Black Lives Matter and other groups receive credit
by Frederick H. Lowe
The City of Chicago in January began paying $5.5 million in reparations to 57 black men who were tortured into confessing to crimes they didn’t commit by disgraced former Chicago Police Department Commander Jon Burge and his notorious “midnight crew.” Their violent interactions with Chicago’s black community were condoned or overlooked by some top city officials, including the highest ranking African-American members of the police department.
Each of the torture victims received $100,000 minus any payments some of them may have received from previous financial settlements with the city, said G. Flint Taylor, co-founder of Chicago Torture Justice Memorials, which negotiated the historic agreement with the city in May Chicago Approves $5.5 Million for Black-Male Victims of Police Torture after decades of trying to get members of Chicago City Council to acknowledge there was a problem. He added that five or six men had previously received payments after being tortured by Burge and his crew.
The reparations package includes erecting a memorial to torture victims, a public apology, job training and teaching school children about Burge, free college tuition for the families of torture victims, many of whom are now senior citizens and psychiatric help for the victims who suffer from post traumatic stress disorder.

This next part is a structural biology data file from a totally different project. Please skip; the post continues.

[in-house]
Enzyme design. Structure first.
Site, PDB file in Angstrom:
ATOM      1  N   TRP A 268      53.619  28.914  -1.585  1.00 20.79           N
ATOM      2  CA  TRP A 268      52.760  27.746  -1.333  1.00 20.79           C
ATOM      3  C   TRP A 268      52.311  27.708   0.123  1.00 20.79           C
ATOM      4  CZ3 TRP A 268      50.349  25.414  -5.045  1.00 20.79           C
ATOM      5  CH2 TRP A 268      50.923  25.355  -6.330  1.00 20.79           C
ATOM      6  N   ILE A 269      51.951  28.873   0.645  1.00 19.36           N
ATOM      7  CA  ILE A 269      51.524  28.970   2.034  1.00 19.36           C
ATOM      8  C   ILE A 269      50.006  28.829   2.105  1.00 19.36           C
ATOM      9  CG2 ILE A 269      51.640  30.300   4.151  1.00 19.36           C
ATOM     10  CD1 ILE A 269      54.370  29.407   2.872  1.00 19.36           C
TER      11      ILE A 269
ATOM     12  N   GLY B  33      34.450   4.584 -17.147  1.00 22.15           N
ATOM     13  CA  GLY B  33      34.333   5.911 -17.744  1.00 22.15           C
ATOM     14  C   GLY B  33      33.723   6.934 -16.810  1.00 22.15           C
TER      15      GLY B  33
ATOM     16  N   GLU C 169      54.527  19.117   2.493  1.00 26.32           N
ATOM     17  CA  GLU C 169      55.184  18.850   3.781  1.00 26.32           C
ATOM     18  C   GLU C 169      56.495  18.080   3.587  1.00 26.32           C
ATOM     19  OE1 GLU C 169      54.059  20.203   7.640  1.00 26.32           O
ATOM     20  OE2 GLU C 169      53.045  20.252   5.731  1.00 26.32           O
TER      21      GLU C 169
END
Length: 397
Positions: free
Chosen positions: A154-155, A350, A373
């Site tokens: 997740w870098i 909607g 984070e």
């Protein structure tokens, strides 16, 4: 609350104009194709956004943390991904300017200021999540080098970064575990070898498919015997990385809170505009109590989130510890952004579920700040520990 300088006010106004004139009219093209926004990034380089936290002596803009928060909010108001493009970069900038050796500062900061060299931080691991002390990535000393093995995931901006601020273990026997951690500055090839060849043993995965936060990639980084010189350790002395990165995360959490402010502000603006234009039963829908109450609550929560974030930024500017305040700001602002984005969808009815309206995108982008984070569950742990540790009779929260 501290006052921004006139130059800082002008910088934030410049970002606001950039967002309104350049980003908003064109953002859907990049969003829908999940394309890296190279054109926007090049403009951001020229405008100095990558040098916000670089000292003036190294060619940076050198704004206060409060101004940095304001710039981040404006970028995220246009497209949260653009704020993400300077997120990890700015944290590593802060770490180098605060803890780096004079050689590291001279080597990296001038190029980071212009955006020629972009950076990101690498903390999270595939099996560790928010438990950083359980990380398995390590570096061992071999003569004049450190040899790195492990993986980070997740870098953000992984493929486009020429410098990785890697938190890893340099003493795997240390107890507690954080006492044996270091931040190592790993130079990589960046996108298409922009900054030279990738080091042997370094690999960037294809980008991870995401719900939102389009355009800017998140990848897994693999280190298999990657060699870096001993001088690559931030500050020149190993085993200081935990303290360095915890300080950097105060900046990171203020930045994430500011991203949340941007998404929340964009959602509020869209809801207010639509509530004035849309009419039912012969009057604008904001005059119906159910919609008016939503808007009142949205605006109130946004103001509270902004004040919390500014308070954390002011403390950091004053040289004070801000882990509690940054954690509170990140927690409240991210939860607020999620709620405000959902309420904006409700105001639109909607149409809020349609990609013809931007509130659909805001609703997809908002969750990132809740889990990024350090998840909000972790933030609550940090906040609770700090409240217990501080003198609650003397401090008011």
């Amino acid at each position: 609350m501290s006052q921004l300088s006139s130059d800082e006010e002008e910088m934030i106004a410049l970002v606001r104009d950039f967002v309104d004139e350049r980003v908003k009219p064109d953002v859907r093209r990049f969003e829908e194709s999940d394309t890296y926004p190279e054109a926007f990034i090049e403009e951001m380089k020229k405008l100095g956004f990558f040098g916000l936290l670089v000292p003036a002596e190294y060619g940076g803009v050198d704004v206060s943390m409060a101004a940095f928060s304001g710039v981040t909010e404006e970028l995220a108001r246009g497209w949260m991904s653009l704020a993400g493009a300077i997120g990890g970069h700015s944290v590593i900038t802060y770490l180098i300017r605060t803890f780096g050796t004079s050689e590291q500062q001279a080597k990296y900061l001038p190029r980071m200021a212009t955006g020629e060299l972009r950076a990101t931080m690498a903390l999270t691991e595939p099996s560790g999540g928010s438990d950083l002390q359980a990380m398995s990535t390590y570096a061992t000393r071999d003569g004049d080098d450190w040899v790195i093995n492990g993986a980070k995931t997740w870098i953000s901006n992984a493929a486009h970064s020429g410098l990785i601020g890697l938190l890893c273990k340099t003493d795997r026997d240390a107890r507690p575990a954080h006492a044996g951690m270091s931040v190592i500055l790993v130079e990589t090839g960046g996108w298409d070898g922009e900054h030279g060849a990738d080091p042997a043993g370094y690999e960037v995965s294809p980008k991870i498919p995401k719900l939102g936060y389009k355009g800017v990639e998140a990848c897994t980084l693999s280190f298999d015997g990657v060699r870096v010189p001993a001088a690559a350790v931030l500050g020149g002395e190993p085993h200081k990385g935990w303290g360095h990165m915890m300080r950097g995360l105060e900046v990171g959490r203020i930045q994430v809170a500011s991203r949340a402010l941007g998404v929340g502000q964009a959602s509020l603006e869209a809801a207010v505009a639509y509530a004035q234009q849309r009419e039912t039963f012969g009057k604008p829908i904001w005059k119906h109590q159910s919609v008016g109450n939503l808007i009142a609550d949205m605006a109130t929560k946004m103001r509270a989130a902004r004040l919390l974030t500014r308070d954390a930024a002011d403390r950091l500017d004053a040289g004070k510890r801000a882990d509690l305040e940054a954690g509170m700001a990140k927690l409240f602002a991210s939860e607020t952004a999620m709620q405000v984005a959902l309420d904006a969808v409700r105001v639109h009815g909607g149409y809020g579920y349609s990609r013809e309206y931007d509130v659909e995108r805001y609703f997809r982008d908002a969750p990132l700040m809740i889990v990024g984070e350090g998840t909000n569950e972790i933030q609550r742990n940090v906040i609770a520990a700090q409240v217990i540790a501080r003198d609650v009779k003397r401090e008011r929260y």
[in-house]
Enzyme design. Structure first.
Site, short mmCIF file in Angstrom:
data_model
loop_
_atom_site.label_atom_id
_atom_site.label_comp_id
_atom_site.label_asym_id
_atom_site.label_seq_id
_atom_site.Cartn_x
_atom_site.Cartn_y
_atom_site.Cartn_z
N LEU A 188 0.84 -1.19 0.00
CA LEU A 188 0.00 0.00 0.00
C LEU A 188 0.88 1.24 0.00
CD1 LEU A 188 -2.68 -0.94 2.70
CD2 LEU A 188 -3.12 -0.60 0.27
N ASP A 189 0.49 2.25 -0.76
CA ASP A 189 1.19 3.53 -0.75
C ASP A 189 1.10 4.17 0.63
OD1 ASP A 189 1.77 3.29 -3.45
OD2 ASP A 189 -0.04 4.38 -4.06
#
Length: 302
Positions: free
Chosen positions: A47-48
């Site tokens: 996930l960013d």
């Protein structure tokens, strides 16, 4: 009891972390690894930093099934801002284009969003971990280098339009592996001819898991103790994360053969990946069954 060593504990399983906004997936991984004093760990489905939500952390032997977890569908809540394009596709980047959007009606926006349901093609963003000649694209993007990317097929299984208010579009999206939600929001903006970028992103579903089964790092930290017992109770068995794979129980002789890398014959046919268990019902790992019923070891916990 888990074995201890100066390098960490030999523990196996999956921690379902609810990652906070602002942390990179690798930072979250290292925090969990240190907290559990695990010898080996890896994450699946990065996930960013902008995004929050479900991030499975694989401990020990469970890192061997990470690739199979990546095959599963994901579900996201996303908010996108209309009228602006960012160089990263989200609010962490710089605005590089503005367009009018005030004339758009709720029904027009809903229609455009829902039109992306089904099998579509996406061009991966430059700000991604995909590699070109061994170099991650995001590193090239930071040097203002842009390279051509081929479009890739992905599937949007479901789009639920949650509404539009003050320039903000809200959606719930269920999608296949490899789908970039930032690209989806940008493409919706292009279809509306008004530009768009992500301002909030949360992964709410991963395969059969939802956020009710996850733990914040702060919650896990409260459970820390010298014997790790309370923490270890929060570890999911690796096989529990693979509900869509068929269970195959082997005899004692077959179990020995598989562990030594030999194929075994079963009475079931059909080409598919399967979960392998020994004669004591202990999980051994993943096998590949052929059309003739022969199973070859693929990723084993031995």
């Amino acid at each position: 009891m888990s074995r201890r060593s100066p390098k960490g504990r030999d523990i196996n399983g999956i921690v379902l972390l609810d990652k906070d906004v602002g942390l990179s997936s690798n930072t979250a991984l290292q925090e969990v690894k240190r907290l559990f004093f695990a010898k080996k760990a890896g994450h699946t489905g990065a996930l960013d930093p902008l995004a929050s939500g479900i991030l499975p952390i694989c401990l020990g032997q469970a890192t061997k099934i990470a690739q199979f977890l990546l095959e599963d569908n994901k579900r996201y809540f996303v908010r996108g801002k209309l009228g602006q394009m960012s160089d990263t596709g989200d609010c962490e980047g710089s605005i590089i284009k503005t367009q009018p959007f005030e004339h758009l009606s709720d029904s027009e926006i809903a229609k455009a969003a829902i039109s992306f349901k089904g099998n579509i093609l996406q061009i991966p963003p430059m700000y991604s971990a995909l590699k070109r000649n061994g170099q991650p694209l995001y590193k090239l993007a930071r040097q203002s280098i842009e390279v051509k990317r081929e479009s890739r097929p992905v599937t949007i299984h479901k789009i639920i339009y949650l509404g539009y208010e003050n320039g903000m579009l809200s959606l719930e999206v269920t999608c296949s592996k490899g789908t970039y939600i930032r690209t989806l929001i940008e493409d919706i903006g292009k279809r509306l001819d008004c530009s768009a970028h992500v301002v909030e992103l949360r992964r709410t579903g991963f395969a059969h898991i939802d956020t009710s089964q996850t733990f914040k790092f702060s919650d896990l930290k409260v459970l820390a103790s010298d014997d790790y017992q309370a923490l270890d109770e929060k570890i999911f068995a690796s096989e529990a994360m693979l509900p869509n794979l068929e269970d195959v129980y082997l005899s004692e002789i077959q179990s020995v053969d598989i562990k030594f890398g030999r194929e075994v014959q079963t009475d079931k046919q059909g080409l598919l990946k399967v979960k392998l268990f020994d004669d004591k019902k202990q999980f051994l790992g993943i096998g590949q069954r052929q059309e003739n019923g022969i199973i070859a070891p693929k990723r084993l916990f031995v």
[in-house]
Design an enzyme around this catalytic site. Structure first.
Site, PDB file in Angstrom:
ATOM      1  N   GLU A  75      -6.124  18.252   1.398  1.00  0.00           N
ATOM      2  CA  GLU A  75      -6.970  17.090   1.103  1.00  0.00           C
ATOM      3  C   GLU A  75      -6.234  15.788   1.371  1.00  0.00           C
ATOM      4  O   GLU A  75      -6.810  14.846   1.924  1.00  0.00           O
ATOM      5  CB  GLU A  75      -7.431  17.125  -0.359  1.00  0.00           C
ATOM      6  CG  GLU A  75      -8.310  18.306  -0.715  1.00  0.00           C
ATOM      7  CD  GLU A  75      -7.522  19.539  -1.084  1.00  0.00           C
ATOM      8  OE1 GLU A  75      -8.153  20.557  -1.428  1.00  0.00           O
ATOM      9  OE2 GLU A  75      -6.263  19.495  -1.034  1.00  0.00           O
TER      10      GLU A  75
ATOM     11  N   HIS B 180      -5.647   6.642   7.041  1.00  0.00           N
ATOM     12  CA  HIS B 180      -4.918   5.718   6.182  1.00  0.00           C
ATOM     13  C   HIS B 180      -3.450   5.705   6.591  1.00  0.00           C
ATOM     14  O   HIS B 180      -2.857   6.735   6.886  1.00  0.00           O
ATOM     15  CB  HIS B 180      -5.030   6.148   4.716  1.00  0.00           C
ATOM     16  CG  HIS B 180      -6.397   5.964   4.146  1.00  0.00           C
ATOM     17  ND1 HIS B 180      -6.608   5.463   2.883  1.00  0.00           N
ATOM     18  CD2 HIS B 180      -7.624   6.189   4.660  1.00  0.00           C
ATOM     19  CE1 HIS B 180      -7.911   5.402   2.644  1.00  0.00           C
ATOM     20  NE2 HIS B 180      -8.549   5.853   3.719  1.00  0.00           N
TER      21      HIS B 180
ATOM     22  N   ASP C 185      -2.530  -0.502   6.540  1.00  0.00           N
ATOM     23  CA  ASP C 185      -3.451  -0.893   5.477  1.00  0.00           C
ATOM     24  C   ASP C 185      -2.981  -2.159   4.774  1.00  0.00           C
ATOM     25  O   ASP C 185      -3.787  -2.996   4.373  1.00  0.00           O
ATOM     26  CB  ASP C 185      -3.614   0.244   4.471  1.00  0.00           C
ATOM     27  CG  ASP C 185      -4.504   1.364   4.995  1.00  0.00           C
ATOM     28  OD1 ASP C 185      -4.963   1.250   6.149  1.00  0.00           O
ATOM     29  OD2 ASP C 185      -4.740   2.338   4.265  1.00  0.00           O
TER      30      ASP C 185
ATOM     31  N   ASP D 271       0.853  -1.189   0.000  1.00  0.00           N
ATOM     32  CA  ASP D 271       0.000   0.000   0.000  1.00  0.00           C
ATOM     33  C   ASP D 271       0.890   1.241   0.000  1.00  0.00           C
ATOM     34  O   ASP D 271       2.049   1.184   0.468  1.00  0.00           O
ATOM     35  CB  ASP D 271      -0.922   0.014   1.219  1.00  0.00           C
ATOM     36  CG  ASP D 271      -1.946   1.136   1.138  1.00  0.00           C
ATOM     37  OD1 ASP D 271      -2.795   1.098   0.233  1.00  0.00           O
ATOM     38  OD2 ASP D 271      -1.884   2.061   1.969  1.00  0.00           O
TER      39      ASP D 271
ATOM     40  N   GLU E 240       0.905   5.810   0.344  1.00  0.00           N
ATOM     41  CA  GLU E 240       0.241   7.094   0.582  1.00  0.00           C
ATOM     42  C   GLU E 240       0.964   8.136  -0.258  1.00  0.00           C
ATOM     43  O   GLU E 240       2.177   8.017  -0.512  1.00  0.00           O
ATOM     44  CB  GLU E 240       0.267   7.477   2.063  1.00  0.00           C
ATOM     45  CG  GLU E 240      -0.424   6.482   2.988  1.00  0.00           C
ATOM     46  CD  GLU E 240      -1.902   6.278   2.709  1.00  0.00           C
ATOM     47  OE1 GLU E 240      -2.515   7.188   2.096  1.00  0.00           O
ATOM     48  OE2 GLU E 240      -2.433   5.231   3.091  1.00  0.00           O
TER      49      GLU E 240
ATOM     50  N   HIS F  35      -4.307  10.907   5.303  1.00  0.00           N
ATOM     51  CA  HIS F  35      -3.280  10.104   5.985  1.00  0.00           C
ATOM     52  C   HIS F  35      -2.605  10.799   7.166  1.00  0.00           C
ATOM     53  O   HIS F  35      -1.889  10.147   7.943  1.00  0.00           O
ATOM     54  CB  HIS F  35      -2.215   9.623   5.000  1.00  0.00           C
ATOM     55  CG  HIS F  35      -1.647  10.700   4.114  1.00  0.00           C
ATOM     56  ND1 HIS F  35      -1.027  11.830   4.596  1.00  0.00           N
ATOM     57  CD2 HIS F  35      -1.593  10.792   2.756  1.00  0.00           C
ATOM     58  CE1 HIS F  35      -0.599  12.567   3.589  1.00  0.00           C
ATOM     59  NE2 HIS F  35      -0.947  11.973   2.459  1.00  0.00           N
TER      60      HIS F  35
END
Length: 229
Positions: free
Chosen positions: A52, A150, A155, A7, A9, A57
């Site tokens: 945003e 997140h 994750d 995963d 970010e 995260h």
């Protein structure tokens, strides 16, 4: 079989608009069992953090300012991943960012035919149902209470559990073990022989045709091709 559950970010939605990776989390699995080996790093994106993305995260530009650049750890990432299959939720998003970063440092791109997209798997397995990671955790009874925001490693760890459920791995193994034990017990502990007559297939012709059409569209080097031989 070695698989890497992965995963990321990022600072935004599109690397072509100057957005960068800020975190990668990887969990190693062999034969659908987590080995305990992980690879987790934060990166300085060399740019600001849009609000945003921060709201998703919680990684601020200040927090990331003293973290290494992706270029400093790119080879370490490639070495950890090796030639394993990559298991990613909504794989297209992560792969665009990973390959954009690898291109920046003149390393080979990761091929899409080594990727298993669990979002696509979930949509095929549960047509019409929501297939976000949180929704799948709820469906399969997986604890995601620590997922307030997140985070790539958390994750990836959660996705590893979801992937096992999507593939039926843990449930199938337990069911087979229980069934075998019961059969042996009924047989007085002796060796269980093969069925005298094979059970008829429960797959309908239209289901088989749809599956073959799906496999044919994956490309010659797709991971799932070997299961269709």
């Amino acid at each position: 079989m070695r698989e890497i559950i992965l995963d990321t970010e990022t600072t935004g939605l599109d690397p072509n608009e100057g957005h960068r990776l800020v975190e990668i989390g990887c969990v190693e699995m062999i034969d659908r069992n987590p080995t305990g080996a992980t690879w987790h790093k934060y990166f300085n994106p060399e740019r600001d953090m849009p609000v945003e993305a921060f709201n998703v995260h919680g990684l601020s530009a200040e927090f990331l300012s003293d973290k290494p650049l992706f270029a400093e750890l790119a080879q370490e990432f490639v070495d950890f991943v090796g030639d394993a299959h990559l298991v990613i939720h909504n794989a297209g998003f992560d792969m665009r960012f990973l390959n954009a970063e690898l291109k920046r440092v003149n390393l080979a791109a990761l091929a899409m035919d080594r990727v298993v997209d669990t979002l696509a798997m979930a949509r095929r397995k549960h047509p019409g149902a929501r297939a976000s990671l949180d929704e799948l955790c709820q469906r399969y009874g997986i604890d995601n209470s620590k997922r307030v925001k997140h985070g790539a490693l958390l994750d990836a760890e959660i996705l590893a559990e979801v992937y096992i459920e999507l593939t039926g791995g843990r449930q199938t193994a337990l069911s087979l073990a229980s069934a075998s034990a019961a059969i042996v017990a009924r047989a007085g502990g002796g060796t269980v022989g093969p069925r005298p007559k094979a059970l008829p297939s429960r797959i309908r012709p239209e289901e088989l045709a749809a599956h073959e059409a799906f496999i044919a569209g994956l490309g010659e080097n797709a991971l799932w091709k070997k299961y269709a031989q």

“This holistic model should serve as a blueprint for how cities around the country, from Ferguson to Baltimore, can respond to systemic racist police brutality,” said Joey Mogul, also a co-founder of Chicago Torture Justice Memorials and partner in the People’s Law Office.
Mogul drafted the original reparations ordinance, which written to provide redress to approximately 125 black people tortured by Burge from 1972 through 1991. The ordinance was inspired by Attorney Standish Willis and Black People Against Police Torture.
Forty-six organizations endorsed the ordinance; the U.N. Committee Against Torture specifically called on the U.S. government to support the passage of the first-of-its kind legislation.
Chicago wrote the checks